One in 10 American children today lives with a grandparent. Of those approximately 7.7 million children, census figures show that grandparents are the primary caregivers for 3 million, including more than a quarter of a million children in Texas.
donít think twice about assuming the custody of grandchildren when
the need arises, because family ties and familial love initially
overcome practical considerations.
However, forming a"grand-family" a household
in which a grandparent, in the absence of parents raises
grandchildren ó has far-reaching effects on lifestyle, grandparent
visitation rights, economic status, and often quality of life.
Unless the child's parent(s) sign a power of attorney giving you the power to say where the child lives and to make decisions for the child, you must go to court to get custody over a grandchild. This means you have to file a lawsuit in a court asking the court to give you custody of the child.
To file an original lawsuit asking for custody:
The grandchild has to have lived with you for 6 months. If the child lived with you for 6 months but is now living with someone else, the child must have moved out within 90 days of when you file the lawsuit, or
A court has to have named you as the child's guardian; or
You must be able to prove that the child is being hurt because of the child's living conditions or by the people caring for the child; or
Both of the child's parents, a surviving parent, the child's court appointed managing conservator, or the child's custodian have to agree that the child should live with you.
Sometimes, someone else has already filed a lawsuit asking a court to say who the child should live with. To enter an existing lawsuit is "to intervene." A grandparent who wants to intervene in a lawsuit must:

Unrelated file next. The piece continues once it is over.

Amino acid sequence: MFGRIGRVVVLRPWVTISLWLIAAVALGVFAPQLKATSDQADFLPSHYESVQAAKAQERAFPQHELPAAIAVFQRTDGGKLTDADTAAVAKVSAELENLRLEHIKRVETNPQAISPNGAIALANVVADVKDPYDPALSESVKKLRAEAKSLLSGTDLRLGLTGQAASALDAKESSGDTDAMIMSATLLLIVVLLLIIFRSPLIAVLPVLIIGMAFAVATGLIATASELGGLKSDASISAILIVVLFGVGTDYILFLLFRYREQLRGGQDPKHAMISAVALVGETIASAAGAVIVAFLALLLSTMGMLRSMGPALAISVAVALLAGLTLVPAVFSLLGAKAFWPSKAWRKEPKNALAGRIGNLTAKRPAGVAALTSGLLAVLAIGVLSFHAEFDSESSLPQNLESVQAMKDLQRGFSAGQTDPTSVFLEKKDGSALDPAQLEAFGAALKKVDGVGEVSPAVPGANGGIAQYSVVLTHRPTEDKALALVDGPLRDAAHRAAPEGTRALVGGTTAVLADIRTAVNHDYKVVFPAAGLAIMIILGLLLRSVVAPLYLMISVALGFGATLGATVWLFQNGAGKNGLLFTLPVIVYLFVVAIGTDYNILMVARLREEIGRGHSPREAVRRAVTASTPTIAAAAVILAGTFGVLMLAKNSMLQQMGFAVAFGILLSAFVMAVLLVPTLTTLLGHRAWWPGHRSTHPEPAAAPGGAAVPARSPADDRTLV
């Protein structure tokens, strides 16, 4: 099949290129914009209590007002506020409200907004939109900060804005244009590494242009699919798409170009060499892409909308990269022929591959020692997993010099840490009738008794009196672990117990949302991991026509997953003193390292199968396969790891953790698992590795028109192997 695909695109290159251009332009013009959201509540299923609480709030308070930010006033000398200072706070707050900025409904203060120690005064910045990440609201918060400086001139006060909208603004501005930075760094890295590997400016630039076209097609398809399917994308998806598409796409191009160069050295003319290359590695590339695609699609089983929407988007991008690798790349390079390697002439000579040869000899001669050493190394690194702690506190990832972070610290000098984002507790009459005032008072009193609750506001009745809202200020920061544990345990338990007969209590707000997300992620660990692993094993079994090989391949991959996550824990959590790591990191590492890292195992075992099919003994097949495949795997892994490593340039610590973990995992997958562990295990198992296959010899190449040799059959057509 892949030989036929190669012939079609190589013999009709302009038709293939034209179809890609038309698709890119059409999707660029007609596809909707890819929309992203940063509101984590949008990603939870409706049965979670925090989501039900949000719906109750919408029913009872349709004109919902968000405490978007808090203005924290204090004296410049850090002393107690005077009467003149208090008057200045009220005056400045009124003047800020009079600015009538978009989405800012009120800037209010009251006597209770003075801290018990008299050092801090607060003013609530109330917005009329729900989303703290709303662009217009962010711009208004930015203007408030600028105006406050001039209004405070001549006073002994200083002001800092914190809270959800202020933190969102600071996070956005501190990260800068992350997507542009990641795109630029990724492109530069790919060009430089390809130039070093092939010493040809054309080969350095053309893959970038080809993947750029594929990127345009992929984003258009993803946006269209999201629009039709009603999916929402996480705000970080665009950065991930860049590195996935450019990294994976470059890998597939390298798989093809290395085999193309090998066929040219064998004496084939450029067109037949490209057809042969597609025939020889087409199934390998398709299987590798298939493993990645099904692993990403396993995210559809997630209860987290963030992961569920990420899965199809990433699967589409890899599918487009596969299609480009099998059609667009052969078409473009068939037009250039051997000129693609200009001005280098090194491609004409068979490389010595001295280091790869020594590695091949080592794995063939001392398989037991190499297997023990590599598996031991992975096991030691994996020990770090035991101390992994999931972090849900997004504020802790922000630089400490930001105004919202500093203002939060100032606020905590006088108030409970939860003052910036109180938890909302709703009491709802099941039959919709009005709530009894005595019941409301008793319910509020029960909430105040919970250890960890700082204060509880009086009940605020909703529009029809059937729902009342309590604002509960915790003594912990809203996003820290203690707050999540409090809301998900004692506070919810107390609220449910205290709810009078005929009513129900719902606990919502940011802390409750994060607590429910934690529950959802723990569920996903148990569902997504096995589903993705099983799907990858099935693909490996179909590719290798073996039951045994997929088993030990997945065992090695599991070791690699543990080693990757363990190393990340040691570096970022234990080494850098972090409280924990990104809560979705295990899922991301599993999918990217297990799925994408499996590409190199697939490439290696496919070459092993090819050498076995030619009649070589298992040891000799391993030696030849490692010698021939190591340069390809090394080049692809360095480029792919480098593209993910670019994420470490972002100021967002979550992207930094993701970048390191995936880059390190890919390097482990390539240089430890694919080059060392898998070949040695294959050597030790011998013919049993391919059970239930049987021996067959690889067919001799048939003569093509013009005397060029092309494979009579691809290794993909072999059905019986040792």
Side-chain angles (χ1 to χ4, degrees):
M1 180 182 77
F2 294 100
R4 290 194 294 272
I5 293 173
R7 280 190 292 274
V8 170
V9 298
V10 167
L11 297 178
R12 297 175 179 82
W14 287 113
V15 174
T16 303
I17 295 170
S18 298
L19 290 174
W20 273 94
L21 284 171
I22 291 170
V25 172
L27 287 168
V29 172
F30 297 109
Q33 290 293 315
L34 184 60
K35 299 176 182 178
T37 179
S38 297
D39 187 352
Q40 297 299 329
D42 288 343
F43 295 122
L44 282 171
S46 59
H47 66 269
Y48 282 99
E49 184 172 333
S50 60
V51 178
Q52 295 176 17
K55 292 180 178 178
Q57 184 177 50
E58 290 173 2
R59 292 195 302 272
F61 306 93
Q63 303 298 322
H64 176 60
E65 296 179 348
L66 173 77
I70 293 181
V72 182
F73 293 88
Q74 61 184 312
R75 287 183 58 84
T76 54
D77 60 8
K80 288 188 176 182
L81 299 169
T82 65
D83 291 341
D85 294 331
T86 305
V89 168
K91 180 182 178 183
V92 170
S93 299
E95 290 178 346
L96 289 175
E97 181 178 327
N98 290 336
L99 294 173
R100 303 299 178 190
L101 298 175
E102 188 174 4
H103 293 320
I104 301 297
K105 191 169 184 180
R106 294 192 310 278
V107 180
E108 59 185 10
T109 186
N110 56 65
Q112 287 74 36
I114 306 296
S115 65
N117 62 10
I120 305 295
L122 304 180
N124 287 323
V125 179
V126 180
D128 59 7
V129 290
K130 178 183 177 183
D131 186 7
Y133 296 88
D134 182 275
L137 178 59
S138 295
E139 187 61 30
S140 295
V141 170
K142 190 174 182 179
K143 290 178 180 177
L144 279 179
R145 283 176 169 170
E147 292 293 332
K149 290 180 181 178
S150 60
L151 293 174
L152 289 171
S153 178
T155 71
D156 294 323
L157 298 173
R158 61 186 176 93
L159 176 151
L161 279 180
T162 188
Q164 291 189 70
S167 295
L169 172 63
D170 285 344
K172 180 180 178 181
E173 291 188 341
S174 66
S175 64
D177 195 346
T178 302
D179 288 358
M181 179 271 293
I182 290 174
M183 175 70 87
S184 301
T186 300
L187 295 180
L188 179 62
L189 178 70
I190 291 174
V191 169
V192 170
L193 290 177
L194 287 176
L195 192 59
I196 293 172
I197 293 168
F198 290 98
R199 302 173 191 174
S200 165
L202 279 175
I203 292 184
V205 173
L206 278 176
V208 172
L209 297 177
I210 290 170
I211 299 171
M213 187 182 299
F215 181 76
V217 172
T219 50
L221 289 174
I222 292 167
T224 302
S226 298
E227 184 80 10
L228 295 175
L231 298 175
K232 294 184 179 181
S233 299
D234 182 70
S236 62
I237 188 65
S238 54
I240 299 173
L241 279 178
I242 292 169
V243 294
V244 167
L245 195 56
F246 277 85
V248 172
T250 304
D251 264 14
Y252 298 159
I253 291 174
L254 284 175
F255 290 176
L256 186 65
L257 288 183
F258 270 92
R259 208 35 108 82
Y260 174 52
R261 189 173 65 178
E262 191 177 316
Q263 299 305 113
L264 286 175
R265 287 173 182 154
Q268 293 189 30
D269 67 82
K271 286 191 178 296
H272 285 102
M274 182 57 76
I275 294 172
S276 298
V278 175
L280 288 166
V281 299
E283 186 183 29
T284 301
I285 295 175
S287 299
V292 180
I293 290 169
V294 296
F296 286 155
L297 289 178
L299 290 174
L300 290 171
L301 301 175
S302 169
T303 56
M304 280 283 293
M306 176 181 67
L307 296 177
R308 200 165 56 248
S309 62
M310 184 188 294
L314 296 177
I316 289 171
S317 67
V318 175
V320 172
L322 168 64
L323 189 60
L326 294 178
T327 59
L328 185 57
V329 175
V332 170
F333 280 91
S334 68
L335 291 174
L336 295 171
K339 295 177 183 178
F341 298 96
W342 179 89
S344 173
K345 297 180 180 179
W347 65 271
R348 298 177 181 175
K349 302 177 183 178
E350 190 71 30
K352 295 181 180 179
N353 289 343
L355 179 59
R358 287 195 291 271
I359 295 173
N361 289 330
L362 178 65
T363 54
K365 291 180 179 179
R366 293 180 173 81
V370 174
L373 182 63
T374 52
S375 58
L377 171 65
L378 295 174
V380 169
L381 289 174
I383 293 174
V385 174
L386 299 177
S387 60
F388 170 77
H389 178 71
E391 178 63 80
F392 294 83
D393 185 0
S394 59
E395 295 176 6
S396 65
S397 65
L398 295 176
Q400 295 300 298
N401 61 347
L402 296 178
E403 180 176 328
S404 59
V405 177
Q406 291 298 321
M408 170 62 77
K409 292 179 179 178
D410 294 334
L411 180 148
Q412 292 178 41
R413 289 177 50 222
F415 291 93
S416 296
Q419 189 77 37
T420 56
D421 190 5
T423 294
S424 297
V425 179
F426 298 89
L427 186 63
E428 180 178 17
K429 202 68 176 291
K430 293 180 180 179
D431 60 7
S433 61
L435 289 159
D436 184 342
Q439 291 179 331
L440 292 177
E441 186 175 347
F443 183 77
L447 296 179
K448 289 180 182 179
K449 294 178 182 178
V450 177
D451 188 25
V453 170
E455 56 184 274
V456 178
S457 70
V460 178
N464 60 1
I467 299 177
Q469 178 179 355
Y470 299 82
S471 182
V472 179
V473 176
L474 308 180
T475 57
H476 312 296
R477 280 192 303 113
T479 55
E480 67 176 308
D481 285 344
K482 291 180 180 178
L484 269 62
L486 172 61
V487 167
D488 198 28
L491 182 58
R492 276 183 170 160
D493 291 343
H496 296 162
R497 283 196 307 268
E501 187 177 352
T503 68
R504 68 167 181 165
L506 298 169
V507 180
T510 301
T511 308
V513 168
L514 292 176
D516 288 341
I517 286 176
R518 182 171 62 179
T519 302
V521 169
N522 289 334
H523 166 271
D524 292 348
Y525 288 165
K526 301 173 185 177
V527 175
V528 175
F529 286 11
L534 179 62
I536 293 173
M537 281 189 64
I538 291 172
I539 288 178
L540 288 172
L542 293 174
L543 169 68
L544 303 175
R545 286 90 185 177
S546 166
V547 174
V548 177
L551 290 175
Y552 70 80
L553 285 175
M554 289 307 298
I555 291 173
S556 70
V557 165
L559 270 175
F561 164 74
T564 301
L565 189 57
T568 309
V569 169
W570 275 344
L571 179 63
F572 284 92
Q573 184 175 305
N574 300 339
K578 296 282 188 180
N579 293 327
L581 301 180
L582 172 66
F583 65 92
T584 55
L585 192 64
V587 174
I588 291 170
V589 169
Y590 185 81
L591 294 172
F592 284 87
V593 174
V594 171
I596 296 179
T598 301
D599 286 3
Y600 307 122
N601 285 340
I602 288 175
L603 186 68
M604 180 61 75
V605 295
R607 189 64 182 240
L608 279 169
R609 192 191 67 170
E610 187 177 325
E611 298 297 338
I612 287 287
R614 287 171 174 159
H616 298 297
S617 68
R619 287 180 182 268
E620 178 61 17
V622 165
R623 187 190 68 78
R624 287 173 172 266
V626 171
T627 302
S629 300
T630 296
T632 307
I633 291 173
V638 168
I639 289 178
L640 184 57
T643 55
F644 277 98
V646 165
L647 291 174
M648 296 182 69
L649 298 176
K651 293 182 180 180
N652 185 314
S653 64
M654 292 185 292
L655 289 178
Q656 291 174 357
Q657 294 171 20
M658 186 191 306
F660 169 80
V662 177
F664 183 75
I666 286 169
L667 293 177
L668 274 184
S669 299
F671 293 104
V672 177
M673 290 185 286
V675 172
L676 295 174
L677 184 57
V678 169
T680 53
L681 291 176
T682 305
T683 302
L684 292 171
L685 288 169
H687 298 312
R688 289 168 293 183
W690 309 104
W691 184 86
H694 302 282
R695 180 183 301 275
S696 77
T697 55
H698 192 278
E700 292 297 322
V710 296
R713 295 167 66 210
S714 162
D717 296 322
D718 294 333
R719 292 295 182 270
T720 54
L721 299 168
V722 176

Have had a lot of past contact with the child and
Be able to prove that the child is being hurt because of the child's living conditions or by the people caring for the child.
Texas Kincare Taskforce is a part of the Legal Hotline for Texans program. We find services that help grandparents, aunts, uncles, and elder siblings who are raising minors (with neither parent being in the home) and then can refer you to sources of on-going assistance.
Grandparent Resources and Support
If You Are Raising a Grandchild - The National Family Caregiver Support Program provides support for the growing number of older people who care for children. This program can help grandparents or other relatives (55 and older) who are caring for a child 18 or younger. Call 1-800-252-9240 to learn more.
Below is a list of additional helpful resources, assistance and support services we have complied that we hope will be of help to you, or someone you know:
Anyone with children can tell you that raising them is a challenge. Grandparents have already met that challenge once with their own children. But now many grandparents are called upon to meet it again with the next generation.
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